A study put out showed that women experienced menstrual cycle changes after receiving covid vaccines. The study was supported in part by the University of Illinois Beckman Institute for Advanced Science and Technology, the University of Illinois Interdisciplinary Health Sciences Institute, NIH T32CA190194 (MPI: Colditz/James), and by the Foundation for Barnes-Jewish Hospital and by Siteman Cancer Center (KMNL).
A new study out shows that women who received a Covid vaccine are far more prevalent than previously acknowledged to see a change in their monthly cycles than those who are unvaccinated. The study found that 56% of women experienced changes in their cycle after being double-vaccinated against Covid.
The researchers investigated the issue of a change in menstrual bleeding patterns among a convenience sample of currently and formerly menstruating people using a web-based survey.
From the sample, the researchers found that 42% of women with a regular menstrual cycle bled more heavily than usual while 44% reported no change after being vaccinated. While respondents who typically do not menstruate, 71% of people on long-acting reversible contraceptives, 39% of people on gender-affirming hormones, and 66% of post-menopausal people reported breakthrough bleeding.
Researchers also found that increased/breakthrough bleeding was significantly associated with age, systemic vaccine side effects, history of pregnancy or birth, and ethnicity.
“In terms of who was more likely to see this effect in our sample … people who were Hispanic were more likely to see heavier bleeding,” said researcher and study author Katharine Lee, Ph.D. “People who were older in the pre-menopausal group were more likely to see heavier bleeding. (People) diagnosed with … something like endometriosis or fibroids were more likely to see heavy bleeding.”
Another peer-reveiwed study published in Obstetrics & Gynecology last month saw researchers tracking 4,000 women aged 18-45 years-old menstrual cycle who were unvaccinated or received the Pfizer-BioNTech, Moderna or Johnson & Johnson vaccines.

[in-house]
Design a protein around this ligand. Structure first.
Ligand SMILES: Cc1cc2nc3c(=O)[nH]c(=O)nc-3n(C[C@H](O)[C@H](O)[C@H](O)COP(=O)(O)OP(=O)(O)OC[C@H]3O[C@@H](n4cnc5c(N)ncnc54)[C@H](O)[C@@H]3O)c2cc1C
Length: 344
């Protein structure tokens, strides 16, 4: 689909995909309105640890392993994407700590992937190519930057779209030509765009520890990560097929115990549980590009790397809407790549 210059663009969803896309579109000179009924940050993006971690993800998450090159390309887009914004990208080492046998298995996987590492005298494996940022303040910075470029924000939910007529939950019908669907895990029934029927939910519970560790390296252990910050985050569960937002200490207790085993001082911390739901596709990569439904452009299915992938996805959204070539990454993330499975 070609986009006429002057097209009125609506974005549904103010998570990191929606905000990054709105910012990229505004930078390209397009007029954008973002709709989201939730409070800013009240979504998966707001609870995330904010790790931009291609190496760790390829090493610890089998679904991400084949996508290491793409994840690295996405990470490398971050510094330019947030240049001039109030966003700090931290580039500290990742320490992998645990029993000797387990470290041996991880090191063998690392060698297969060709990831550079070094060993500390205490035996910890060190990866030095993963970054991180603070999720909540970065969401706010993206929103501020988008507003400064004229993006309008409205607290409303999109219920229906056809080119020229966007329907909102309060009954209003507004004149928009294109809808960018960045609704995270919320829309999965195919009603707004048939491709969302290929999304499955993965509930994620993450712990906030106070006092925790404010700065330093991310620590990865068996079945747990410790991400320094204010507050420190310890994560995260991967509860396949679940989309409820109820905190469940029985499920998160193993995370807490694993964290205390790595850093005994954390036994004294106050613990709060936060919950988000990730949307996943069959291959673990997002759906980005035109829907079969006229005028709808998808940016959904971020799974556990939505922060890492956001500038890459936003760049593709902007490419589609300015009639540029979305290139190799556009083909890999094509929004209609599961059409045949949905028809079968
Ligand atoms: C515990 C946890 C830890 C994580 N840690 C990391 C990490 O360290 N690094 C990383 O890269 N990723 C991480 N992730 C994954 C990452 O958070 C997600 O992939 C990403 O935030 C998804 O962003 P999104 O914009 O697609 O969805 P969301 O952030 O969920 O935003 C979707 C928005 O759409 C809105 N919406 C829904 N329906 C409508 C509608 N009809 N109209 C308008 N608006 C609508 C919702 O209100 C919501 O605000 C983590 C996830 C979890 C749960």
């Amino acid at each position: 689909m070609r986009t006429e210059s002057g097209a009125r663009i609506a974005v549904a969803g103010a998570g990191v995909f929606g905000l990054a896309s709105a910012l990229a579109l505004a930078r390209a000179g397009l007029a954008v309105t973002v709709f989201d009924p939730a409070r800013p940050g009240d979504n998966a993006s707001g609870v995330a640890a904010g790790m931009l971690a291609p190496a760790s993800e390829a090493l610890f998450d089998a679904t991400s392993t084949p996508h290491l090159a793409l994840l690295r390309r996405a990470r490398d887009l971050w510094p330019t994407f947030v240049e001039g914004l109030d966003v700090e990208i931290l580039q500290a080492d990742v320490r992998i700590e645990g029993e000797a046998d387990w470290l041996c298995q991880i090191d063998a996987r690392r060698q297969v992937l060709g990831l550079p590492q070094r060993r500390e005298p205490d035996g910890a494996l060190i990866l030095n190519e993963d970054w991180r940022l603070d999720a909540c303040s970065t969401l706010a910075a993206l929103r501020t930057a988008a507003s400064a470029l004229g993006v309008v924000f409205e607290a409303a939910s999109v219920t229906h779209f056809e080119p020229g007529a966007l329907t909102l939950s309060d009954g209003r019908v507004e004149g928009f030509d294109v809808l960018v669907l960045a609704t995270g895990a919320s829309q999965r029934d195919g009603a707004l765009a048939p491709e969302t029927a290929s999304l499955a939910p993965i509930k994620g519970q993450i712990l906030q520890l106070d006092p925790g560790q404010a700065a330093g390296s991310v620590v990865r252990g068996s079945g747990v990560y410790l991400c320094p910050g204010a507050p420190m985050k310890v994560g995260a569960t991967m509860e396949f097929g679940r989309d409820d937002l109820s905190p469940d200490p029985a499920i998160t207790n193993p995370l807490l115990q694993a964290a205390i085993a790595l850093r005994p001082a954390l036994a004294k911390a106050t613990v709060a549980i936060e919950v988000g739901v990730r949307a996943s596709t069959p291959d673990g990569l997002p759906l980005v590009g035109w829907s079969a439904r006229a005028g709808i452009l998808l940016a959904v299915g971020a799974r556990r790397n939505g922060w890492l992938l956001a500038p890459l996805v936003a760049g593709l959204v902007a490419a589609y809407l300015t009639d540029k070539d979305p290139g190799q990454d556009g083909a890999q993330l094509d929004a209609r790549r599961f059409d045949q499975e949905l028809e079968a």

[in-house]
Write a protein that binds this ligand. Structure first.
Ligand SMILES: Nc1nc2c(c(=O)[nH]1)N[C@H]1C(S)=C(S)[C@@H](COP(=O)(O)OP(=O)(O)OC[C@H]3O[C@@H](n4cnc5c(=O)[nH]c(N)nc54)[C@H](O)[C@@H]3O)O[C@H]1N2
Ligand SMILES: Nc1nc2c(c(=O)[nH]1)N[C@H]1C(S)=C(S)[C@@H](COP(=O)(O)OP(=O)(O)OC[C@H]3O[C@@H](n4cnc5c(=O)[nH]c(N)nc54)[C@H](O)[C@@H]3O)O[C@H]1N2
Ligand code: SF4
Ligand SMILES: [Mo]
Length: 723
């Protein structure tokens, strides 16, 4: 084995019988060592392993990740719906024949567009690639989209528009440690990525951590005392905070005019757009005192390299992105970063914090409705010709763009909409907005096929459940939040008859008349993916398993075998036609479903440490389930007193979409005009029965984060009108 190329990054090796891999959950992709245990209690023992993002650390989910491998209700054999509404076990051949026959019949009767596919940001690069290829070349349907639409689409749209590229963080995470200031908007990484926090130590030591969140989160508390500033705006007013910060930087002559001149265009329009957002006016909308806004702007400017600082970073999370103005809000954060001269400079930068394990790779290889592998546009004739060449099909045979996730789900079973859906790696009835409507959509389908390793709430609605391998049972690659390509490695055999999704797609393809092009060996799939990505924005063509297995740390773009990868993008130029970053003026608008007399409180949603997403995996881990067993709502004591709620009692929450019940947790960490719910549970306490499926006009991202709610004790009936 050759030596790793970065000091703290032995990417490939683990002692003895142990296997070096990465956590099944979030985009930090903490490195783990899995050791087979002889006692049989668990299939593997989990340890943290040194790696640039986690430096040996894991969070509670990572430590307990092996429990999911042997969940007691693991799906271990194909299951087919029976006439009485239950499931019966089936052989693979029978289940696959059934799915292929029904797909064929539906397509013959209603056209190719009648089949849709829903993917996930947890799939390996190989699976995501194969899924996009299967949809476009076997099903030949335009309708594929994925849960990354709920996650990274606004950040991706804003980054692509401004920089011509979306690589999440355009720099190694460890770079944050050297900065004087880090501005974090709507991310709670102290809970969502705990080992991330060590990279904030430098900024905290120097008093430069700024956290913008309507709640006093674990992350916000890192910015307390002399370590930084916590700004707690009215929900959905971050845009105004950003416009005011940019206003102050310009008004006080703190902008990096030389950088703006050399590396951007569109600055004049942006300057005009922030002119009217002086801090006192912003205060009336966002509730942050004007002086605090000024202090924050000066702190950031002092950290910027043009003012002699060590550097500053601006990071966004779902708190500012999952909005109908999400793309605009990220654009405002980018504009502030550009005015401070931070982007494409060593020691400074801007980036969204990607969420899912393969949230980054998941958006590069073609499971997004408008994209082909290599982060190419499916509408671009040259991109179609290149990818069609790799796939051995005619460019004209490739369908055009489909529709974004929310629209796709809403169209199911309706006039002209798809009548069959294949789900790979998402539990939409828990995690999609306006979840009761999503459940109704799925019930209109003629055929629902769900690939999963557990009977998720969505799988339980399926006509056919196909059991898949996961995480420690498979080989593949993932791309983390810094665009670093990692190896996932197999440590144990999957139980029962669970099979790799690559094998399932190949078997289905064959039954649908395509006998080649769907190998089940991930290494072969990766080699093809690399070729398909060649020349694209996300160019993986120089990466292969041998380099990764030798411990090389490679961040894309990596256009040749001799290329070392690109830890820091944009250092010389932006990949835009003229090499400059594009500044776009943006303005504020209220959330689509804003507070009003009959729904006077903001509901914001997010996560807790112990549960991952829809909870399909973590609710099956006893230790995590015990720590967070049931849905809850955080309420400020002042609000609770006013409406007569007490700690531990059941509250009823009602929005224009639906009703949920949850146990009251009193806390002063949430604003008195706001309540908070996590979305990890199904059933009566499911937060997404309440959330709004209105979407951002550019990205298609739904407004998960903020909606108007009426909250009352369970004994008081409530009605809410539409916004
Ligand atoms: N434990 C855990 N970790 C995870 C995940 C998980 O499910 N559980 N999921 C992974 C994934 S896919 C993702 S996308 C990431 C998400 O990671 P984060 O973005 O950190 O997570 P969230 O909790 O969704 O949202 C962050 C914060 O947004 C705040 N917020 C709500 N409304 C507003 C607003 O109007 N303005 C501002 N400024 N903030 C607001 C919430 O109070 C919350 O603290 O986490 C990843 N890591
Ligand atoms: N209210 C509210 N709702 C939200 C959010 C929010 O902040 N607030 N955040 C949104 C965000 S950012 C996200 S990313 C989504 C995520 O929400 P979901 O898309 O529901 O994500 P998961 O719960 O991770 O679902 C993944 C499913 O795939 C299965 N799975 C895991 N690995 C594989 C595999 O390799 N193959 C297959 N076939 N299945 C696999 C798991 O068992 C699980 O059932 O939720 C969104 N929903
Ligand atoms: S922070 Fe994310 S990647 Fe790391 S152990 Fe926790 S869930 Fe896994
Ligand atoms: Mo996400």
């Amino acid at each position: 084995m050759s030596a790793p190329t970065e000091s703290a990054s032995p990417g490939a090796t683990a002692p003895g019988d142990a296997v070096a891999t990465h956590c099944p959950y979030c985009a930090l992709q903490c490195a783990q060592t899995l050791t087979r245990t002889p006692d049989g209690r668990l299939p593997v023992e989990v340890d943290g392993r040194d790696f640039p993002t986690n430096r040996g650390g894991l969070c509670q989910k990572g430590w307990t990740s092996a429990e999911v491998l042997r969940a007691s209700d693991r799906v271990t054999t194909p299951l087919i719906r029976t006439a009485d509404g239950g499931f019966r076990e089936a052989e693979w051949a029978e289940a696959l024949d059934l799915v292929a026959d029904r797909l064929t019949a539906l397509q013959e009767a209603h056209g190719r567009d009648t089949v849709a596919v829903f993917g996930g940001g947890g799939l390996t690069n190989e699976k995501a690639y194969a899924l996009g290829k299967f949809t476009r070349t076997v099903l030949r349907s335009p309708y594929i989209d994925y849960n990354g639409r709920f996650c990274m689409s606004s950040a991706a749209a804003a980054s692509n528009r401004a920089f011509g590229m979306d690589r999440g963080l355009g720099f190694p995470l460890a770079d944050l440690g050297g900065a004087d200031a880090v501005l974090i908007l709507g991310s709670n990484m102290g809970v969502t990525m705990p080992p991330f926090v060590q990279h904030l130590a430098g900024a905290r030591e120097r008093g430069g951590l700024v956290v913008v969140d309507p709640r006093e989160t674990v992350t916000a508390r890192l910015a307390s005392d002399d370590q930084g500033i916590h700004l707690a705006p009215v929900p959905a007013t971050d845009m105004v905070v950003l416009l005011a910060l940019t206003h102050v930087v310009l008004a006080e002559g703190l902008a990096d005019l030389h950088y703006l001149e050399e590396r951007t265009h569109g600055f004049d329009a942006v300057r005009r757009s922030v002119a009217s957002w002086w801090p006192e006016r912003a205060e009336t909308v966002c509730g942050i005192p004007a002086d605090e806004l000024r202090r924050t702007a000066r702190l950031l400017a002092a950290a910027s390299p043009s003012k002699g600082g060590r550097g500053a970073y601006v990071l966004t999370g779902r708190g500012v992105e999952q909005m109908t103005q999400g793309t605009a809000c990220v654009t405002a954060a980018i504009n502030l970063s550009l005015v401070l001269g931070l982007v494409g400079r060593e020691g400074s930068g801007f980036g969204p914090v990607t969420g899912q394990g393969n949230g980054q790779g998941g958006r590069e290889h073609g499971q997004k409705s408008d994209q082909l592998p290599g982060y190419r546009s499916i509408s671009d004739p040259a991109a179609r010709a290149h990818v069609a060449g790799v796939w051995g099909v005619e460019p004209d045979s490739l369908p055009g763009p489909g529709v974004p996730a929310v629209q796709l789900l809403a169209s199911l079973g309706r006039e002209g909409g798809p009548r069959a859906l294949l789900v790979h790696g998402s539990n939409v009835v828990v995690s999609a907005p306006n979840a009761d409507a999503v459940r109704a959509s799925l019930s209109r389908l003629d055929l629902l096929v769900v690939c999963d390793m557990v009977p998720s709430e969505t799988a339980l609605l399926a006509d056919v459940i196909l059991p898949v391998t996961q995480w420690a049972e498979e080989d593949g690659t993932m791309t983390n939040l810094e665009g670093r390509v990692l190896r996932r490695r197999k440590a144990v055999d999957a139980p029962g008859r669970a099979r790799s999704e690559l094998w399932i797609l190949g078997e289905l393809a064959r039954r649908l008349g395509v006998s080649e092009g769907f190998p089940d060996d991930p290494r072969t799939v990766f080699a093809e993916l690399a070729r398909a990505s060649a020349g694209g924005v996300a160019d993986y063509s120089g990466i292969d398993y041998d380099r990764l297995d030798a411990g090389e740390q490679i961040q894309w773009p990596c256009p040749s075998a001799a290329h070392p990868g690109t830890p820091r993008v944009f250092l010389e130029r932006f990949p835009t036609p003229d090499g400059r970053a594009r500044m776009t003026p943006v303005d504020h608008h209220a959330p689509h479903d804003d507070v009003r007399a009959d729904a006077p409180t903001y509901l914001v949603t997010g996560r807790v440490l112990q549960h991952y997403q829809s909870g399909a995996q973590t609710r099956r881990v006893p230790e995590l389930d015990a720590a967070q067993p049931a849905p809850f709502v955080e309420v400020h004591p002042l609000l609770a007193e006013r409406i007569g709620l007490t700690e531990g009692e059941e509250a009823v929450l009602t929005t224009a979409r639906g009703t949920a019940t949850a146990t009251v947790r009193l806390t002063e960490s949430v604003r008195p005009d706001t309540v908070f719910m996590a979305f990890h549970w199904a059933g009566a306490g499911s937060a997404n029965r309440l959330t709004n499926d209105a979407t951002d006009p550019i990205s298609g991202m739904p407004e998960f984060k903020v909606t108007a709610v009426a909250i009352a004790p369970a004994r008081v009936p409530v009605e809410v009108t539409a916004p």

Results showed that cycles were delayed on average by less than a day after the first dose and up to two days for people who received two shots within a single cycle, regardless of vaccine brand.
A European study of 4,000 women in Norway found that 15% reported an increase in their menstrual pains after the first vaccine and 14% reported heavier bleeding.
Findings The prevalence of any menstrual disturbance was 37.8% prior to vaccination. The relative risk of more heavy bleeding than usual during the exposed compared to unexposed period for first dose vaccination was 1.90 (95% CI: 1.69-2.13), while it was 1.84 (1.66-2.03) for the second dose. The proportion with menstrual disturbances in the most recent menstruation prior to the second vaccine dose was roughly the same as before the first vaccine dose. The risk of heavy bleeding after the second dose, given that it had occurred after the first, was 65.7%. We observed increased risks after vaccination also for other menstrual disturbances.
Interpretation Menstrual disturbances were generally common regardless of vaccination. We found a significant increase in menstrual disturbances after vaccination, particularly for heavier bleeding than usual, longer duration and for short interval between menstruations. Mechanisms underlying these findings may involve bleeding disturbances in general, as well as endocrine alterations.